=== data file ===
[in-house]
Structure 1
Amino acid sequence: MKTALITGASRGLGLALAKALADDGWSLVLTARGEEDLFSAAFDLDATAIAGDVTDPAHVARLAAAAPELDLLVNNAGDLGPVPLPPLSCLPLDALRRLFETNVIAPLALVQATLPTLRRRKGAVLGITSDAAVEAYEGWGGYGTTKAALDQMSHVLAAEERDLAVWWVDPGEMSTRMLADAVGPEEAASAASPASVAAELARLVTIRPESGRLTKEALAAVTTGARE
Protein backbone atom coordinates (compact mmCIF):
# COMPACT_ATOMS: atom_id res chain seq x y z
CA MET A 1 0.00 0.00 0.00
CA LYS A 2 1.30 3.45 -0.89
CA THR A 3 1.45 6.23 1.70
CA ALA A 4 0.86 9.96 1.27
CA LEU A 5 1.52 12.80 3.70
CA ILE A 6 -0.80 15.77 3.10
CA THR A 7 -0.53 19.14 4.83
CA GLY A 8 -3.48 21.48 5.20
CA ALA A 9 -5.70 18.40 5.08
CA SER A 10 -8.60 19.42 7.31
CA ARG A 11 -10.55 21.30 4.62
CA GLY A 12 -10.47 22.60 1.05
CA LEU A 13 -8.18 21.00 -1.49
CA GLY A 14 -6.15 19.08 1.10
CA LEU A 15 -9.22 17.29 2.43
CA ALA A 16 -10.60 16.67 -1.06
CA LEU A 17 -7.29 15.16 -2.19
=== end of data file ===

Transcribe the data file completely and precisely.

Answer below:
[in-house]
Structure 1
Amino acid sequence: MKTALITGASRGLGLALAKALADDGWSLVLTARGEEDLFSAAFDLDATAIAGDVTDPAHVARLAAAAPELDLLVNNAGDLGPVPLPPLSCLPLDALRRLFETNVIAPLALVQATLPTLRRRKGAVLGITSDAAVEAYEGWGGYGTTKAALDQMSHVLAAEERDLAVWWVDPGEMSTRMLADAVGPEEAASAASPASVAAELARLVTIRPESGRLTKEALAAVTTGARE
Protein backbone atom coordinates (compact mmCIF):
# COMPACT_ATOMS: atom_id res chain seq x y z
CA MET A 1 0.00 0.00 0.00
CA LYS A 2 1.30 3.45 -0.89
CA THR A 3 1.45 6.23 1.70
CA ALA A 4 0.86 9.96 1.27
CA LEU A 5 1.52 12.80 3.70
CA ILE A 6 -0.80 15.77 3.10
CA THR A 7 -0.53 19.14 4.83
CA GLY A 8 -3.48 21.48 5.20
CA ALA A 9 -5.70 18.40 5.08
CA SER A 10 -8.60 19.42 7.31
CA ARG A 11 -10.55 21.30 4.62
CA GLY A 12 -10.47 22.60 1.05
CA LEU A 13 -8.18 21.00 -1.49
CA GLY A 14 -6.15 19.08 1.10
CA LEU A 15 -9.22 17.29 2.43
CA ALA A 16 -10.60 16.67 -1.06
CA LEU A 17 -7.29 15.16 -2.19